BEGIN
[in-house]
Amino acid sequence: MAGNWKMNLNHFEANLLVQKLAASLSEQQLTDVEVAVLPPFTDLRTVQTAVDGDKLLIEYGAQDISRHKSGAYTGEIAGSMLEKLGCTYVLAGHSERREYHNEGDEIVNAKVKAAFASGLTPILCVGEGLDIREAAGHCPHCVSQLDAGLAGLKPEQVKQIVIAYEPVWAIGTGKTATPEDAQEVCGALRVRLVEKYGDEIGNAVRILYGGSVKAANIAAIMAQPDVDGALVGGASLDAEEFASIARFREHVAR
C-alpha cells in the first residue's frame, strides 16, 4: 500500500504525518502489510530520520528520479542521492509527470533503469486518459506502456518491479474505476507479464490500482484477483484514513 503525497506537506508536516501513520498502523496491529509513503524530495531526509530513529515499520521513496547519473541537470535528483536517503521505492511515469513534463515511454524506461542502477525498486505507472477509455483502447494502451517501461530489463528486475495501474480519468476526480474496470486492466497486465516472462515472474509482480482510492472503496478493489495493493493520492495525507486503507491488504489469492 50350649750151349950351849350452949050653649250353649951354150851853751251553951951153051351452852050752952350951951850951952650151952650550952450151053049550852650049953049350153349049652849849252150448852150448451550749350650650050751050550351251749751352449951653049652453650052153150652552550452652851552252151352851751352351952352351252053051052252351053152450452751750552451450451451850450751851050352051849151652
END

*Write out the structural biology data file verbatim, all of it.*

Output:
[in-house]
Amino acid sequence: MAGNWKMNLNHFEANLLVQKLAASLSEQQLTDVEVAVLPPFTDLRTVQTAVDGDKLLIEYGAQDISRHKSGAYTGEIAGSMLEKLGCTYVLAGHSERREYHNEGDEIVNAKVKAAFASGLTPILCVGEGLDIREAAGHCPHCVSQLDAGLAGLKPEQVKQIVIAYEPVWAIGTGKTATPEDAQEVCGALRVRLVEKYGDEIGNAVRILYGGSVKAANIAAIMAQPDVDGALVGGASLDAEEFASIARFREHVAR
C-alpha cells in the first residue's frame, strides 16, 4: 500500500504525518502489510530520520528520479542521492509527470533503469486518459506502456518491479474505476507479464490500482484477483484514513 503525497506537506508536516501513520498502523496491529509513503524530495531526509530513529515499520521513496547519473541537470535528483536517503521505492511515469513534463515511454524506461542502477525498486505507472477509455483502447494502451517501461530489463528486475495501474480519468476526480474496470486492466497486465516472462515472474509482480482510492472503496478493489495493493493520492495525507486503507491488504489469492 50350649750151349950351849350452949050653649250353649951354150851853751251553951951153051351452852050752952350951951850951952650151952650550952450151053049550852650049953049350153349049652849849252150448852150448451550749350650650050751050550351251749751352449951653049652453650052153150652552550452652851552252151352851751352351952352351252053051052252351053152450452751750552451450451451850450751851050352051849151652